Off-Farm Income



Entrepreneurship is the only option

If you want to farm, the further away from a major city you can get the more the land prices will reflect on their production capability.  But, there will be fewer jobs available to you, likely with lower salaries.

How will you produce your off-farm income?  92% of farmers in the U.S. rely on it for household income, either created by themselves or their spouse.

If you are going to take a full-time job, what do you do when you need time for farm management activities?

  • calving
  • Irrigation
  • raking hay
  • swathing
  • harvest
  • etc.

If you are making a big transition from a city career to a rural & farming lifestyle you might have skills and/or education that is not applicable in your new hometown.  If that is the case, can you use these skills to create your own business?

  • Turn your previous employer into a client?
  • Work remotely?
  • Teach online?

If you are going to keep a full-time career job in the city, what is a reasonable commute?

  • 20 miles
  • 40 miles
  • 60 miles

Don’t look at entrepreneurship as your lifestyle choice.  Look at farming as your lifestyle choice and figure out a game plan that will allow you to make that happen.  In this model, the production of your off-farm income no longer defines your working life.  It is now the means to allow your working life.

This is why I call agriculture the “ultimate lifestyle business”.  Other than being an actor, artist, or musician this is the only profession where people will work a second job, just so they have a shot at doing the first.

We are choosing this business of agriculture because there is such a strong, intrinsic reward for us that we are willing to make these sacrifices just for the chance to do it for a living.  We are choosing this career for the lifestyle because as a brand new farmer who has to develop their operation we cannot do it for the earnings.

If our career decision was solely earnings-based this would not make any sense.  We could clearly make more money, in less time, with less risk and more benefits at a city job, in a subdivision house with city neighbors.


When you are choosing your business try to look at things with demand in the area and nobody filling it.  Or, look at a business in which you could do a better job?  Or, find a business that somebody wants out of with good potential.

I would refer you to episode #480 about finding a true business opportunity.

Don’t get hung up on the earning capability of your business idea in its first phases.  One thing I can say for sure is that as you start working for yourself you will start to see opportunities and ways to generate more revenue than you were unable to see prior to beginning.

In other words, after you get started you are going to find more money.


How are you going to farm well enough, that you can eventually become that full-time farmer (or most time farmer) that you want to be?

As you are starting out, whether it be with livestock or crops, you need every advantage you can get.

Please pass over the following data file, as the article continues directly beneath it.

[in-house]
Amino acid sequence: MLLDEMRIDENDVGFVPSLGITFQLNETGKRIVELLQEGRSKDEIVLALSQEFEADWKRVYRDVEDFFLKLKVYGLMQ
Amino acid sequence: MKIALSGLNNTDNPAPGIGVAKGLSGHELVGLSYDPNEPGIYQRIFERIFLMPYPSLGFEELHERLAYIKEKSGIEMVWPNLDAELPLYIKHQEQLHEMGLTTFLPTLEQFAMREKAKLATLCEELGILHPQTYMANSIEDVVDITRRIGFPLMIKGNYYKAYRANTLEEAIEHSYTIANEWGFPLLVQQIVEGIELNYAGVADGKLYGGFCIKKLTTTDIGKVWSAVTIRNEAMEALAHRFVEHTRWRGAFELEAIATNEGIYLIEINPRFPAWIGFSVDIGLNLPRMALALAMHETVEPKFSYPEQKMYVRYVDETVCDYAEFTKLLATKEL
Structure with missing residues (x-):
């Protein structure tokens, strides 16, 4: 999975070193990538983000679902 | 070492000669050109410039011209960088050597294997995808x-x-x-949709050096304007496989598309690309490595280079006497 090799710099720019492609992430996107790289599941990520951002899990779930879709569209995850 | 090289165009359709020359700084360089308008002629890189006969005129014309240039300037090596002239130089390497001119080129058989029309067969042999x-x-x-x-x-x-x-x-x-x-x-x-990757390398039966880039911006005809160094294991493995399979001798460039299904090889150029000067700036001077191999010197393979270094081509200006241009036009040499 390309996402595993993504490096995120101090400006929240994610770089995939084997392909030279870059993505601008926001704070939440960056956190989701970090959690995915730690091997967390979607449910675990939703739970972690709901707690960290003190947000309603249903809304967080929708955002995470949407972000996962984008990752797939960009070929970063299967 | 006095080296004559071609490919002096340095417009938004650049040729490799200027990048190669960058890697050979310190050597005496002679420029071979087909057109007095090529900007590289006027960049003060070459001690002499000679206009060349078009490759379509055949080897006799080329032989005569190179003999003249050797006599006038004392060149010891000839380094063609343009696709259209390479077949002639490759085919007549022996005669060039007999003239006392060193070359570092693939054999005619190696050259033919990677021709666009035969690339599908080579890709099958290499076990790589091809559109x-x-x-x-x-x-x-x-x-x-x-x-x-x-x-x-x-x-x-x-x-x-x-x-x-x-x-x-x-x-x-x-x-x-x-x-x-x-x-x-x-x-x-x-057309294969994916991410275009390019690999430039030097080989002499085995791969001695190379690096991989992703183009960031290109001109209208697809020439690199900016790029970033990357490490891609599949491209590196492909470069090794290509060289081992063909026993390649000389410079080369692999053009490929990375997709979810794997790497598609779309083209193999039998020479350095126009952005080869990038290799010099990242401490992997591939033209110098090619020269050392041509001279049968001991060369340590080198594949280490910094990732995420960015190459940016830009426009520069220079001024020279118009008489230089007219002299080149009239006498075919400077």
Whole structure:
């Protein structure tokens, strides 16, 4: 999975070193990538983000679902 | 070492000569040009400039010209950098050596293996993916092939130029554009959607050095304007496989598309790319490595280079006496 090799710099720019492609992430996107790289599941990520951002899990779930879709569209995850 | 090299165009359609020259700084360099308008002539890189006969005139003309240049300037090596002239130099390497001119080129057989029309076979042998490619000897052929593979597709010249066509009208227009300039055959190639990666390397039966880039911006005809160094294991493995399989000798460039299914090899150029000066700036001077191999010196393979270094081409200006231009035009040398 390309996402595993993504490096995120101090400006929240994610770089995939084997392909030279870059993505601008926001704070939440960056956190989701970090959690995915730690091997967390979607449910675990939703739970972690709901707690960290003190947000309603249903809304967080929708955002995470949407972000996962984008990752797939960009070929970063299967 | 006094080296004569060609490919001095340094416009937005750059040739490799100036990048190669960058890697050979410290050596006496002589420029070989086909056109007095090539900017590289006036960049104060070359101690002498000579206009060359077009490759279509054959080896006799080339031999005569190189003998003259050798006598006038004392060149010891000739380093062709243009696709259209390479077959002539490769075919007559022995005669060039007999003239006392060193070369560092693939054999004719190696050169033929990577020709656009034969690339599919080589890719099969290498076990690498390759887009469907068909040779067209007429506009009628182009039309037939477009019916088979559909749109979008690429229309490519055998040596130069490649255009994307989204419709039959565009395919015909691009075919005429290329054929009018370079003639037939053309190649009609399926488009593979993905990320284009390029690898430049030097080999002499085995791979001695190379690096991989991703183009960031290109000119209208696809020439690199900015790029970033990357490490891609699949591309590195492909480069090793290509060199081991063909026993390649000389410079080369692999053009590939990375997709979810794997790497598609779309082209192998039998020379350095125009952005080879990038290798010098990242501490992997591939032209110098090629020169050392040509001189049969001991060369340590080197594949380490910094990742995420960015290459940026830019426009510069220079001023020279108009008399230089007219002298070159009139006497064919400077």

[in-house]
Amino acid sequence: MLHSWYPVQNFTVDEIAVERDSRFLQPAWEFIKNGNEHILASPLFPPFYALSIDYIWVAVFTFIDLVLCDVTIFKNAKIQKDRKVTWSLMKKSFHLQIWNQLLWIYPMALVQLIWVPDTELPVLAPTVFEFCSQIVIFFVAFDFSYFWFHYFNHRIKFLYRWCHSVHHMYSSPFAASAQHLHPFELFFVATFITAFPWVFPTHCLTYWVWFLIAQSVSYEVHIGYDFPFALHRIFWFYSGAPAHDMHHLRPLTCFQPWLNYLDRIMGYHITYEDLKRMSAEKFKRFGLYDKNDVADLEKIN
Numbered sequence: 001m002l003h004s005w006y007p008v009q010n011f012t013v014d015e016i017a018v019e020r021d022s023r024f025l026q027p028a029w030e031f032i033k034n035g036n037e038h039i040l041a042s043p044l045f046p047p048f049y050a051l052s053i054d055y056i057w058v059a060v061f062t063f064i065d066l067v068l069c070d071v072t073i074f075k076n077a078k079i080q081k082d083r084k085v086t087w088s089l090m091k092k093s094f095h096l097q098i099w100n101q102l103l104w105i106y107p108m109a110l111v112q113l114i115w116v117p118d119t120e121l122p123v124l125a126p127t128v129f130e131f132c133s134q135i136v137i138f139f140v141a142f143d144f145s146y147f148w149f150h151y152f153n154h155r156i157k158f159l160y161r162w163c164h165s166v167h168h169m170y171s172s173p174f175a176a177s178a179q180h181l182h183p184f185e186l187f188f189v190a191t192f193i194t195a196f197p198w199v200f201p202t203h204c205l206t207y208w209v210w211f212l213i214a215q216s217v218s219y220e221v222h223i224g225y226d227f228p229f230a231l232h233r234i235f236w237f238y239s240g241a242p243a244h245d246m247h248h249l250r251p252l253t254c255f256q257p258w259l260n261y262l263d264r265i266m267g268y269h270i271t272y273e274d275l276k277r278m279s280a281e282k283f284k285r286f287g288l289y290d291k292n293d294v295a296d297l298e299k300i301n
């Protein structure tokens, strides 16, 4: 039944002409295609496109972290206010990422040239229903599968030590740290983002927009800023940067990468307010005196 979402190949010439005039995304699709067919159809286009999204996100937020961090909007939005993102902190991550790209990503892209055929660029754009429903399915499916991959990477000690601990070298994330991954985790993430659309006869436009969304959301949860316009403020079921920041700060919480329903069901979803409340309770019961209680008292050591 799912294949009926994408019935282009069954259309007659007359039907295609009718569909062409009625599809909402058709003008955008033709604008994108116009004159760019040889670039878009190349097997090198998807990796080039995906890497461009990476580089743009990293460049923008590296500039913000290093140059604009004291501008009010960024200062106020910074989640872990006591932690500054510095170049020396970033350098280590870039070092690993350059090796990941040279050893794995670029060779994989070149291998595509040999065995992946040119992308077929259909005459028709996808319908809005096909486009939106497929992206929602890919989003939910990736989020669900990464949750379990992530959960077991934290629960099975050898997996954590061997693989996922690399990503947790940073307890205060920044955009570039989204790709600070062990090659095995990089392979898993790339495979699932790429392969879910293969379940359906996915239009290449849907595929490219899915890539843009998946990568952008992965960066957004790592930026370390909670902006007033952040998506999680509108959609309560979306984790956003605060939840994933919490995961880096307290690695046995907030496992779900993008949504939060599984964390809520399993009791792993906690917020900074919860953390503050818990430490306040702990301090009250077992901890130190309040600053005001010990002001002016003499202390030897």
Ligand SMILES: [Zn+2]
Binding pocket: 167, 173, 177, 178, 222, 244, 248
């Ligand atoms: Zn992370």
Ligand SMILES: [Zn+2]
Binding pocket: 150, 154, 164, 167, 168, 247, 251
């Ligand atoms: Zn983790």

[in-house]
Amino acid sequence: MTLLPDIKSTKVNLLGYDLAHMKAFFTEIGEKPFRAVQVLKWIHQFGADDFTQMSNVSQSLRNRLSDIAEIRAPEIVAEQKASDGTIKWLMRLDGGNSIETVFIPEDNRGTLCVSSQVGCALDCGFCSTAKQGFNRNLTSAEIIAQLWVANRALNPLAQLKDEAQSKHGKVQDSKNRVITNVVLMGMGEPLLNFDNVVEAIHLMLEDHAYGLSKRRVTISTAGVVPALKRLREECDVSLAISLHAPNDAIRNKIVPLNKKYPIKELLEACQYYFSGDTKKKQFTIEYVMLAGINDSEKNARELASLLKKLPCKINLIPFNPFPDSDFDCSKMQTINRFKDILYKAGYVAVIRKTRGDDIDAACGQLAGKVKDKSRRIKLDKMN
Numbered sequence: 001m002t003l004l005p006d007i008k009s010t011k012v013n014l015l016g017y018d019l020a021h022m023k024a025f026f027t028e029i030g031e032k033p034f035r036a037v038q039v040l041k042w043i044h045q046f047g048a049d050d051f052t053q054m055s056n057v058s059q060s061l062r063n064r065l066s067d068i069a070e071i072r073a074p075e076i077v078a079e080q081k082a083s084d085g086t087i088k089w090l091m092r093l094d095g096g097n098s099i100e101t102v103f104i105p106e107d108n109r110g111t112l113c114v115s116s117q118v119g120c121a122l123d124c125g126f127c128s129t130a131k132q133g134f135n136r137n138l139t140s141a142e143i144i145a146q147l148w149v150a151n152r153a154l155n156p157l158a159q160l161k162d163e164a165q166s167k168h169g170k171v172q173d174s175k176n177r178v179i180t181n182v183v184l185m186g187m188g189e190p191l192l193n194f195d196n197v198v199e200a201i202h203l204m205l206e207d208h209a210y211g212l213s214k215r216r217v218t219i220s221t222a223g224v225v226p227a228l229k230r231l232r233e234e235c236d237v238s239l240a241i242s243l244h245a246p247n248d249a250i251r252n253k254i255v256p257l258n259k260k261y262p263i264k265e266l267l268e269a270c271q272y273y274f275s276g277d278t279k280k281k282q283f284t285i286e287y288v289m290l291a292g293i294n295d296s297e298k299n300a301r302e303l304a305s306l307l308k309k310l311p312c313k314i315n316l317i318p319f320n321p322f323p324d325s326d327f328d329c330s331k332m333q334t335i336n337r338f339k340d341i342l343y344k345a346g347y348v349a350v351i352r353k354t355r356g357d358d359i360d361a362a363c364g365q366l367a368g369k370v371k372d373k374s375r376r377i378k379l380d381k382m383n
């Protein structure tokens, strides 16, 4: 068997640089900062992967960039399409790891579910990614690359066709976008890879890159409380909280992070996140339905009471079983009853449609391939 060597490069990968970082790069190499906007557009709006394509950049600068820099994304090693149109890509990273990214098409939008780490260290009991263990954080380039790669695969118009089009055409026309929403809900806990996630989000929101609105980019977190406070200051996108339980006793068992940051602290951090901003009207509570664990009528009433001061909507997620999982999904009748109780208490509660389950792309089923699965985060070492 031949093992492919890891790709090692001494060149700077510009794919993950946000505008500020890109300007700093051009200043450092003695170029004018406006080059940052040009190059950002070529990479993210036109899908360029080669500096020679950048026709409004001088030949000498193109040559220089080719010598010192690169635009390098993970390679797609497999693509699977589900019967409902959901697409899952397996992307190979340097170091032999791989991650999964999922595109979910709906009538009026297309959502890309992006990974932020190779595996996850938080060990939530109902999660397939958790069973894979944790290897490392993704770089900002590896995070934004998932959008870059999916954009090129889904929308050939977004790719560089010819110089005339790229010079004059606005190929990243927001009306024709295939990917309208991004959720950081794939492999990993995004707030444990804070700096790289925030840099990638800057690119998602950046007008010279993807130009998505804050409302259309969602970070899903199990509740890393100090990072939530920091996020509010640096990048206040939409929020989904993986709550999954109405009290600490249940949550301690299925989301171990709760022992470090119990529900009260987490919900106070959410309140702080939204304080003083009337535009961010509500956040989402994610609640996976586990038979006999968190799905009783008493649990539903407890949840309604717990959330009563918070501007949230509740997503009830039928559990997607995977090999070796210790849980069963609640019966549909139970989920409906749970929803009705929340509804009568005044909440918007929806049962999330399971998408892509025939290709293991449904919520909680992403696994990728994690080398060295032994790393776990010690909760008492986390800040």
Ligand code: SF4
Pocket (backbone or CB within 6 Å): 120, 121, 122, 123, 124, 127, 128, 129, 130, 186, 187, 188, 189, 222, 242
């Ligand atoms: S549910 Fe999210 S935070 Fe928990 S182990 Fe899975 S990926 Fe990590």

That might mean a 100% calf crop.

Or that might mean a couple of bushel yield bump.

One thing I learned in my two years of riding around with crop advisors was that the best farmers seemed to be the ones that were out there with their herds or crops.  They were able to detect subtle changes or illness early and do something about it before it hurt their bottom line.

How can you do this if you are at work all day?

How do you get the time to react if you discover a problem when you’ve driven home from a long day of work?


All you have to do is go onto social media to find lots of people who will tell you not to try farming.  They will say many things such as:

  • “How do you make $1,000,000 farming?  Start with $3,000,000”
  • Or, “you can’t make any money farming”
  • Or, “the only way to make enough to survive is to become really big because of the small margins”
  • Or, “only the big guys get enough funding from the government to make a difference”
  • Or, “the deck is stacked against you”
  • Or just…..” don’t do it”

These words, unfortunately, come from people who were just like you at one point.  They had a dream of farming, and for one reason or another it did not work out.

There are no guarantees here, and we could all suffer the same fate and have to give up our farm someday, I included.

Farming is a business, and it may not go our way.

But, we don’t want to end up discouraging others.  I think that discouragement comes from years of struggling to work full-time and farm on the side.  When you do that you can burn out, and pretty soon the dream fades away.  The farm becomes just another obligation, and you then look at it only from the mathematical perspective and decide it is not worth it.

I don’t want any of us to lose the passion for this lifestyle because of burnout.

Entrepreneurship solves so much of this for us.  It allows you to manage your farm better, to give you every advantage possible. And, it helps to keep us invigorated and avoid that dangerous burnout.

Will you use entrepreneurship to create your Off-Farm Income?